New hair loss treatments
In general, human hair follows a normal growth cycle. There is a period for growth and there is a period for rest. The period for growth is known as the “anagen” phase. It usually lasts for two years. During the anagen phase, the hair strands will grow at an average of half an inch on a monthly basis. As for the rest period or the “telogen” phase, hair growth is put to a halt. Such will last for four months. After such phase, the hair starts to shed.
As suggested by previous studies made, people shed at least a hundred strands of hair on a daily basis. But that hair shed remains unnoticed primarily because of the fact that we also re-grow hair regularly as well. As people age however, they will experience gradual hair thinning. However, if the rate of the hair shed exceeds the rate of hair re-growth, then the person might be suffering from a hair loss condition.
When a person has a hair loss condition often referred to as “alopecia”, the anagen phase of the hair is reduced. As a result, the hair strands become very thin and quite frail. In some cases, hair follicles are also affected. When this happens, hair re-growth is hampered because the follicles are no longer capable of promoting hair growth. Instead, they loosen up and then the strands fall out quite easily. If hair loss condition is hereditary, then the baldness will not be cured. It will only progress overtime and the patient should resort to various hair restoration medications.
A new study opens new doors of opportunities
A study conducted in Philadelphia, Pennsylvania noted that stem cell research might open new opportunities for the discovery of new hair loss treatments. Researchers from the School of Medicine at the University of Pennsylvania note that studies on the stem cells that prompt the growth of hair follicles may be the foundation for the discovery of innovative hair loss and skin grafting treatments. They hypothesized that hair re-growth stems from the cells that are at the base of the hair follicle. As such, by correcting the abnormalities in the hair follicle cells, hair loss might be corrected.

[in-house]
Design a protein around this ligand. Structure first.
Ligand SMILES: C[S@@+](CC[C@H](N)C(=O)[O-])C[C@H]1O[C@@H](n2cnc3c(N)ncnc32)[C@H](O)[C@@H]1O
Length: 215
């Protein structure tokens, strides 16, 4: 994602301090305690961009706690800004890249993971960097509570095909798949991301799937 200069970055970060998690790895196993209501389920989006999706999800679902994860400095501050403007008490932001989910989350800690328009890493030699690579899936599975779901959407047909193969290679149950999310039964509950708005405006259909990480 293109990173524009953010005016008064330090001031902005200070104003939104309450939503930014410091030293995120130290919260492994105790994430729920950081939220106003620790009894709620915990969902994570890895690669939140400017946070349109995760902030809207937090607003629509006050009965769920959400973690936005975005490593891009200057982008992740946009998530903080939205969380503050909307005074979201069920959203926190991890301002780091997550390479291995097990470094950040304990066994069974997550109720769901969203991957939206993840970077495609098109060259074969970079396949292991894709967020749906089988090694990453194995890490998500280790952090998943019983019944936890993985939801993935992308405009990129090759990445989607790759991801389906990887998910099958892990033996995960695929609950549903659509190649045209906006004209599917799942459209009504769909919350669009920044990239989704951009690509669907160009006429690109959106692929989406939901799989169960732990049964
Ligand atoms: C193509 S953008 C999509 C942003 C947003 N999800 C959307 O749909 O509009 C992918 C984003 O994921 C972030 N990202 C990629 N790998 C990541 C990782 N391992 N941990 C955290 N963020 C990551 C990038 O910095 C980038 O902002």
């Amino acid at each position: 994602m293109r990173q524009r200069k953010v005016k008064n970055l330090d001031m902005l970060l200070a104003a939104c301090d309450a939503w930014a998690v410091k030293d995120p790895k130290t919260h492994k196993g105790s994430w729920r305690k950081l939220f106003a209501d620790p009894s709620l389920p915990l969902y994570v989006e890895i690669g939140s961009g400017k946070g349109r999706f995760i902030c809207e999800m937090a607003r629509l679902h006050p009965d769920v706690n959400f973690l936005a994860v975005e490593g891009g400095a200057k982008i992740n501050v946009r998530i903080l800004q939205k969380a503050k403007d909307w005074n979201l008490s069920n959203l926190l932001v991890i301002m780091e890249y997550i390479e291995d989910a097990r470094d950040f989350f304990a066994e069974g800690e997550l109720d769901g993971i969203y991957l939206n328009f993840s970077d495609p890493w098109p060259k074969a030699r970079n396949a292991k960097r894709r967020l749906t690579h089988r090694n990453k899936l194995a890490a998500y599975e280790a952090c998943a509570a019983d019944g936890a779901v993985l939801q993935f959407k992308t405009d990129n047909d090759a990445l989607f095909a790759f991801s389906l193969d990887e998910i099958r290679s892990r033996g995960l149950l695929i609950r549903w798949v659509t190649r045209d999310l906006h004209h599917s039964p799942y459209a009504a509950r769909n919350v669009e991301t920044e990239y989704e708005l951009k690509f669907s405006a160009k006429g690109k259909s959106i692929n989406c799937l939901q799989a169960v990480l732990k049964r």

Researchers from the University of Pennsylvania claim that the stem cells which are located at the follicle bulge make hair growth possible. In order to verify if their theory is right, the researchers made use of various cell labeling techniques in order to monitor the stem cell decedents of the normal anagen phase. They then isolated such cells in adult mice. They transferred a group of these cells to the skin of a special group of mice which were unable to reject stem cell transplants because they did not have immune systems.
After four weeks after the transplantation, the hair follicle cells were able to promote the construction of new hair follicles. These new hair follicles were then able to produce new hair. This study is important primarily because it suggests that hair growth can be manipulated through the isolation and the cultivation of stem cells. Dr. George Cotsarelis, Director of the Penn Hair and Scalp Clinic and Assistant Professor of Dermatology at the University noted that this study shows that stem cell transplantation can be used as a hair loss treatment in the future.